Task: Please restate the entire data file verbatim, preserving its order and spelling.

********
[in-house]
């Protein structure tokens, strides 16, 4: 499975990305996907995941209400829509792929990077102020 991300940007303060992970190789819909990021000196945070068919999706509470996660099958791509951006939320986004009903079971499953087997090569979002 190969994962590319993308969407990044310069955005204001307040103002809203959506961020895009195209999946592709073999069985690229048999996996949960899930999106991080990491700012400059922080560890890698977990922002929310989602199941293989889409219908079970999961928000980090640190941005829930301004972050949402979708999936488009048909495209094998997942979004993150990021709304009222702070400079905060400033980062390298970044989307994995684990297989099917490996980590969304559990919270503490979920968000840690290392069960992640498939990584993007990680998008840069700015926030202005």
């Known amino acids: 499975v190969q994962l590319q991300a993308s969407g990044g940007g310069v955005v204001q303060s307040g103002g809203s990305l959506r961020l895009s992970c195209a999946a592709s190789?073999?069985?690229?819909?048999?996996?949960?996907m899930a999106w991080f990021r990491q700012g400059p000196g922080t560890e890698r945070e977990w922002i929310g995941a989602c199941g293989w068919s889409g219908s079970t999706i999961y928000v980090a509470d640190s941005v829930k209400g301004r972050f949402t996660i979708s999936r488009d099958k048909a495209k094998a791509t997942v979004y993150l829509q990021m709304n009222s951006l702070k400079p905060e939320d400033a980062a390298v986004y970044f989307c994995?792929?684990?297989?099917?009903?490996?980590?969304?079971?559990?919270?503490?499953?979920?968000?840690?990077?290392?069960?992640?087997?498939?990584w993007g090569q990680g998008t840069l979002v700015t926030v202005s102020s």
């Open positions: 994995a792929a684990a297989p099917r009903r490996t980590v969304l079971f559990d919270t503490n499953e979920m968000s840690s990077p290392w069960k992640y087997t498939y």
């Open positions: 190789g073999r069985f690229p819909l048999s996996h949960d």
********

[in-house]
């Protein structure tokens, strides 16, 4: 499975990305996907995941209400829509792929990077102020 991300940007303060992970190789819909990021000196945070068919999706509470996660099958791509951006939320986004009903079971499953087997090569979002 190969994962590319993308969407990044310069955005204001307040103002809203959506961020895009195209999946592709073999069985690229048999996996949960899930999106991080990491700012400059922080560890890698977990922002929310989602199941293989889409219908079970999961928000980090640190941005829930301004972050949402979708999936488009048909495209094998997942979004993150990021709304009222702070400079905060400033980062390298970044989307994995684990297989099917490996980590969304559990919270503490979920968000840690290392069960992640498939990584993007990680998008840069700015926030202005």
């Known amino acids: 499975v190969q994962l590319q991300a993308s969407g990044g940007g310069v955005v204001q303060s307040g103002g809203s990305l959506r961020l895009s992970c195209a999946a592709s190789?073999?069985?690229?819909?048999?996996?949960?996907m899930a999106w991080f990021r990491q700012g400059p000196g922080t560890e890698r945070e977990w922002i929310g995941a989602c199941g293989w068919s889409g219908s079970t999706i999961y928000v980090a509470d640190s941005v829930k209400g301004r972050f949402t996660i979708s999936r488009d099958k048909a495209k094998a791509t997942v979004y993150l829509q990021m709304n009222s951006l702070k400079p905060e939320d400033a980062a390298v986004y970044f989307c994995?792929?684990?297989?099917?009903?490996?980590?969304?079971?559990?919270?503490?499953?979920?968000?840690?990077?290392?069960?992640?087997?498939?990584w993007g090569q990680g998008t840069l979002v700015t926030v202005s102020s």
């Open positions: 994995a792929a684990a297989p099917r009903r490996t980590v969304l079971f559990d919270t503490n499953e979920m968000s840690s990077p290392w069960k992640y087997t498939y």
């Open positions: 190789g073999r069985f690229p819909l048999s996996h949960d």